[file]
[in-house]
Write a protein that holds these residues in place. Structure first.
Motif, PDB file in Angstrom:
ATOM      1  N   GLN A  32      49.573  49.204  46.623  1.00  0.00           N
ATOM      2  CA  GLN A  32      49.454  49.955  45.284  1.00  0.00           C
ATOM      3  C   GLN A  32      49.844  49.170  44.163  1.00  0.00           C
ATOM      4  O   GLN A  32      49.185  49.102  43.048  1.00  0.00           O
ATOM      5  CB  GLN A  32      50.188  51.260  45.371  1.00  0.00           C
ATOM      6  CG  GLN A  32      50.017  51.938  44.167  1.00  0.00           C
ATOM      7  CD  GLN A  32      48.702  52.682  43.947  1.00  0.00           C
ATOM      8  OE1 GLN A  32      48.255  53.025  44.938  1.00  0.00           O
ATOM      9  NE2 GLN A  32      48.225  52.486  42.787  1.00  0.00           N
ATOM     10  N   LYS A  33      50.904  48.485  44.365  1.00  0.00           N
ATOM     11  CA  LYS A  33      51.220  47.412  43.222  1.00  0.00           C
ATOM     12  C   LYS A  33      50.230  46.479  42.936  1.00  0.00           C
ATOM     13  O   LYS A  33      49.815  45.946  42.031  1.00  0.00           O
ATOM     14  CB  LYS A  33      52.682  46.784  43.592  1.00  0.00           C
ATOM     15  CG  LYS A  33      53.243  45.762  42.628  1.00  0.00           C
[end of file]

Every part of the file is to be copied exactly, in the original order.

[in-house]
Write a protein that holds these residues in place. Structure first.
Motif, PDB file in Angstrom:
ATOM      1  N   GLN A  32      49.573  49.204  46.623  1.00  0.00           N
ATOM      2  CA  GLN A  32      49.454  49.955  45.284  1.00  0.00           C
ATOM      3  C   GLN A  32      49.844  49.170  44.163  1.00  0.00           C
ATOM      4  O   GLN A  32      49.185  49.102  43.048  1.00  0.00           O
ATOM      5  CB  GLN A  32      50.188  51.260  45.371  1.00  0.00           C
ATOM      6  CG  GLN A  32      50.017  51.938  44.167  1.00  0.00           C
ATOM      7  CD  GLN A  32      48.702  52.682  43.947  1.00  0.00           C
ATOM      8  OE1 GLN A  32      48.255  53.025  44.938  1.00  0.00           O
ATOM      9  NE2 GLN A  32      48.225  52.486  42.787  1.00  0.00           N
ATOM     10  N   LYS A  33      50.904  48.485  44.365  1.00  0.00           N
ATOM     11  CA  LYS A  33      51.220  47.412  43.222  1.00  0.00           C
ATOM     12  C   LYS A  33      50.230  46.479  42.936  1.00  0.00           C
ATOM     13  O   LYS A  33      49.815  45.946  42.031  1.00  0.00           O
ATOM     14  CB  LYS A  33      52.682  46.784  43.592  1.00  0.00           C
ATOM     15  CG  LYS A  33      53.243  45.762  42.628  1.00  0.00           C